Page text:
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Rolls-Royce plans electric planes that will take off vertically

17 July, 2018

Rolls-Royce has unveiled plans for an electric plane that would take off and land vertically, at the at the Farnborough International Airshow in the UK. The hybrid Evtol (electric vertical take-off and landing) aircraft will have tilting wings and will be able to carry four or five passengers at speeds of up to 250mph (400km/h) for about 500 miles (800km). Rolls-Royce says it could take to the skies in the early 2020s.

Another Rolls-Royce-led project called Accel (ACCELerating the Electrification of Flight) aims to build and test a small electrically powered aircraft within 24 months. The project will tackle the twin challenges of energy storage and powertrain performance with the goal of setting a new record for time-to-climb for an electrically-powered aircraft, as well as achieving the highest voltage and power densities for aircraft battery systems. One of Rolls’ partners in the project is the UK developer of high-power, lightweight, axial-flux electric motors and controls, Yasa. Another is Electroflight UK, which specialises in high-performance electric powertrains with integrated energy storage systems.

Also at Farnborough, the UK government announced that it was contributing towards the cost of a demonstration hybrid-electric propulsion system for commercial aircraft that is being developed jointly by Rolls-Royce, Airbus and Siemens in a £58m project, called E-Fan X. The funding was part of £343m government-industry investment programme in aerospace r&d and productivity improvements announced at the show, much of this devoted to electric and hybrid aircraft technologies.

Rolls-Royce’s Evtol design uses tilting wings that will be able to rotate through 90 degrees to allow vertical take-off and landing. The initial concept vehicle uses gas turbines to generate electricity to power six low-noise electric “propulsors” – four on the wings, and two on the tailplane. The propulsion and lift motors will have embedded power electronics. The craft will incorporate a high energy-density battery for energy storage and to provide additional climbing power.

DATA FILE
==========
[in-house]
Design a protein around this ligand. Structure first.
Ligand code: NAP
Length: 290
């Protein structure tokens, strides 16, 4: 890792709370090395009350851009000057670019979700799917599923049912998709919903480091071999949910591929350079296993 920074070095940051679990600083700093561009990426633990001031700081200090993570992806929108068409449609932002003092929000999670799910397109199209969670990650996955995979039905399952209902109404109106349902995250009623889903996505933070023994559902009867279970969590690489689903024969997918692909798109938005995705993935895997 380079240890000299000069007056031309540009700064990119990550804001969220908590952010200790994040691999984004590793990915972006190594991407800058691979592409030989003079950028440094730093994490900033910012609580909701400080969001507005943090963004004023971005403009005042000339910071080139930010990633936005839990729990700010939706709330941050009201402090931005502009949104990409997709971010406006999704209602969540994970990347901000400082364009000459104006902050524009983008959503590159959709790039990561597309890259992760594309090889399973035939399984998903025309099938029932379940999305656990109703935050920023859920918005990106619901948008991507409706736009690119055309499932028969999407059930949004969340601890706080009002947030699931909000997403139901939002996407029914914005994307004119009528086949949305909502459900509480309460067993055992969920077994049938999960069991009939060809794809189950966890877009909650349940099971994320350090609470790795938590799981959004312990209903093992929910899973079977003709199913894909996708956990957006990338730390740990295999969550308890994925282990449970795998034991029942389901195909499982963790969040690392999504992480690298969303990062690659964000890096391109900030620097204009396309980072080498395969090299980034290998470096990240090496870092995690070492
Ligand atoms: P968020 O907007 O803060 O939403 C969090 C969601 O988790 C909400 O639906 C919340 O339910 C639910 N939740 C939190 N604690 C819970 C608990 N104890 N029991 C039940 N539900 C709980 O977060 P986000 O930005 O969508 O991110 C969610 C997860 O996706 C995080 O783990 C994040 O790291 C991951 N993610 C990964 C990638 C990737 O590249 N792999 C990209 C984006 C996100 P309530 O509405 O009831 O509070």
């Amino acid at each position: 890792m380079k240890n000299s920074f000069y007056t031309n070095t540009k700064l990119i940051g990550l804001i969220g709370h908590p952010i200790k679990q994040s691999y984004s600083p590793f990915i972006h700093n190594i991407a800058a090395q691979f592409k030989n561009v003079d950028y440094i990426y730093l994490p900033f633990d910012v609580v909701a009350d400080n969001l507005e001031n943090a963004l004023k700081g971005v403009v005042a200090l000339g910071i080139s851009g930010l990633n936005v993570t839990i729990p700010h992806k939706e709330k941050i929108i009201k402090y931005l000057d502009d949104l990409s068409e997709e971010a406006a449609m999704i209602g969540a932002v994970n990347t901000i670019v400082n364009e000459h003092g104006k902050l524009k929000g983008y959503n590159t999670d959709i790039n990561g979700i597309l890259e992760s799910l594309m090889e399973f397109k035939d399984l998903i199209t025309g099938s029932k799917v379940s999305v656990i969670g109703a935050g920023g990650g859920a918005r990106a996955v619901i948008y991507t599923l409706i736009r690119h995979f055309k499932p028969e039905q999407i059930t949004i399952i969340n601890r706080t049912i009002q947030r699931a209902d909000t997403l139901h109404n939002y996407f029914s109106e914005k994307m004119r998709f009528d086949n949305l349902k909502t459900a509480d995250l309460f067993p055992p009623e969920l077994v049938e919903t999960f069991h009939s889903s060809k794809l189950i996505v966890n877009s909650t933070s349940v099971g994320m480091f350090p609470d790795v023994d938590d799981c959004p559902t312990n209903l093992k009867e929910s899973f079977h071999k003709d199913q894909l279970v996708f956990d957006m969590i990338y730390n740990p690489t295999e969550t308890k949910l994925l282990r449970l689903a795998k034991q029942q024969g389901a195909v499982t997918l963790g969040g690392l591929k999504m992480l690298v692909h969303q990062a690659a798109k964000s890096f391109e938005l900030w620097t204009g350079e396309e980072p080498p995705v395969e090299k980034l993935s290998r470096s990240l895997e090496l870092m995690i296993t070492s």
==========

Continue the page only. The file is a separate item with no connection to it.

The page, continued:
The hybrid Evtol configuration would not need re-charging (because the battery would be charged by the gas turbine), and would be able to use existing infrastructure such as heliports and airports.

When the craft reaches cruising height, the wing-mounted propellers could fold away, reducing drag and cabin noise, with the craft relying on the two rear propellers for thrust.

The initial Rolls-Royce Evtol concept is based on an M250 gas turbine embedded in the rear of the aircraft as part of a hybrid electric propulsion system. The hybrid electric engine will deliver about 500kW of electrical power

Rolls-Royce believes that this concept could be adapted for personal transport, public transport, logistics and military applications. It says that the design is based on technologies that already exist or are under development, and that the aircraft could take to the skies as soon as the early 2020s.